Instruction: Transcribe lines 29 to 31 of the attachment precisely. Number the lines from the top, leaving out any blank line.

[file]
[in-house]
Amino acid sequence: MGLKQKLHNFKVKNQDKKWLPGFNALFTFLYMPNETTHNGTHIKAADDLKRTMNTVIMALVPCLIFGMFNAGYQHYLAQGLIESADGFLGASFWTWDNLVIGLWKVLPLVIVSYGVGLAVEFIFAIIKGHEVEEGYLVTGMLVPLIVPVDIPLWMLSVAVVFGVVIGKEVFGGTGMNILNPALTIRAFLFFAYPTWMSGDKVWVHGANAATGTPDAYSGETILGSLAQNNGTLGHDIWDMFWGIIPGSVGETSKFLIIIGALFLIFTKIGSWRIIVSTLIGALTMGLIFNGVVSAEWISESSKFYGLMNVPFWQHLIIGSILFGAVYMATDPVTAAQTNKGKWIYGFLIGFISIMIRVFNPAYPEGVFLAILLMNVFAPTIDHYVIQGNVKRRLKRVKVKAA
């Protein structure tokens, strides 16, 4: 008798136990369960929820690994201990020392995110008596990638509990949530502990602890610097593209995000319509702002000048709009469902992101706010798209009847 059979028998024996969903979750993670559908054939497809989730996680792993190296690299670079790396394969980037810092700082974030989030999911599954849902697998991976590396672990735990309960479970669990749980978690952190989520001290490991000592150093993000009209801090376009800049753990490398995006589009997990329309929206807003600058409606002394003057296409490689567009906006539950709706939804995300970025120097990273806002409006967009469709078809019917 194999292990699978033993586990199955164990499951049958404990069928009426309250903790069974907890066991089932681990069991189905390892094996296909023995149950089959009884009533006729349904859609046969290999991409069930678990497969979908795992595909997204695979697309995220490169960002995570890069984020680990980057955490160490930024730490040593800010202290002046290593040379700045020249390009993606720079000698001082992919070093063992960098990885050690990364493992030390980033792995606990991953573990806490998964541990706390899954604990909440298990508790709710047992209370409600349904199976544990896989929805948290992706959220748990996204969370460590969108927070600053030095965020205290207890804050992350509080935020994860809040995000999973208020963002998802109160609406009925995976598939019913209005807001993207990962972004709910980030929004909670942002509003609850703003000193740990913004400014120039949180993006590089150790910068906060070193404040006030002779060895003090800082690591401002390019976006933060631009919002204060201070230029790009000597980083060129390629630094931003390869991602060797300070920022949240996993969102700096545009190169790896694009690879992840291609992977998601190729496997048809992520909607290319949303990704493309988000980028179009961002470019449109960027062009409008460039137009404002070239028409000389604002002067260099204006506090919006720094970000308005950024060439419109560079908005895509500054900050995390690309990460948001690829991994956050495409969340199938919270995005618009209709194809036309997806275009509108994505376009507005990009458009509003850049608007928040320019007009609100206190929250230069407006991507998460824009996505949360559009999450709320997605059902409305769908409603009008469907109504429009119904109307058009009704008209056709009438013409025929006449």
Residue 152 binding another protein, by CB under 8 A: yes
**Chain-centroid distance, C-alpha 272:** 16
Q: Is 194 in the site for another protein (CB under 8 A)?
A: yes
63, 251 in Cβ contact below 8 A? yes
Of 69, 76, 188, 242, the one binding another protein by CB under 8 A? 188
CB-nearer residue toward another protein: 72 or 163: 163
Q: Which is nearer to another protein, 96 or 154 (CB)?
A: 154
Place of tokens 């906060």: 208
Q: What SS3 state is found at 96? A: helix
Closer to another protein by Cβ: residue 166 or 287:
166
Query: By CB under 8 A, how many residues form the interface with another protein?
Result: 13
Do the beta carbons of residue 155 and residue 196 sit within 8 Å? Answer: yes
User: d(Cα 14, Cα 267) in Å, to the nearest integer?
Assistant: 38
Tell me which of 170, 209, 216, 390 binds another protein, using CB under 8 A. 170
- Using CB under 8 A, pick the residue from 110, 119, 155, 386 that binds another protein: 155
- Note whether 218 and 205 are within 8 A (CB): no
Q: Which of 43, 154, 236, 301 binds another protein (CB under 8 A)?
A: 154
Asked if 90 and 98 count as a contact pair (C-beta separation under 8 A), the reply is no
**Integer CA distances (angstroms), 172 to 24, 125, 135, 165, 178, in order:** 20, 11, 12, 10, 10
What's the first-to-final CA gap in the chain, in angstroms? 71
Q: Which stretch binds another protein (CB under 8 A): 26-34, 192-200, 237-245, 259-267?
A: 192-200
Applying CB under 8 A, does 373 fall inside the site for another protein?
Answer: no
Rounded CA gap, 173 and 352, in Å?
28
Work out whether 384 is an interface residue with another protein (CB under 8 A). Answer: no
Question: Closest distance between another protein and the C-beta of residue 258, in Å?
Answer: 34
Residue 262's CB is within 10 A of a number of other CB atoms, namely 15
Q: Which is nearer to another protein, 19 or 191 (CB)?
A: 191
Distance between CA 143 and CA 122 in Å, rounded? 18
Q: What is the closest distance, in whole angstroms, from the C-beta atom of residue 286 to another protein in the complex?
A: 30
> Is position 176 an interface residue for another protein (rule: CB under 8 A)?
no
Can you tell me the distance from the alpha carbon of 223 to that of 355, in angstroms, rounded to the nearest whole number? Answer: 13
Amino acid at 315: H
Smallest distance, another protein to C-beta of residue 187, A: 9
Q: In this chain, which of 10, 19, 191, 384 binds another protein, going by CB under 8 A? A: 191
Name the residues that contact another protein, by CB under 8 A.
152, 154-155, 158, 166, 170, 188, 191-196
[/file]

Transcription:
What's the first-to-final CA gap in the chain, in angstroms? 71
Q: Which stretch binds another protein (CB under 8 A): 26-34, 192-200, 237-245, 259-267?
A: 192-200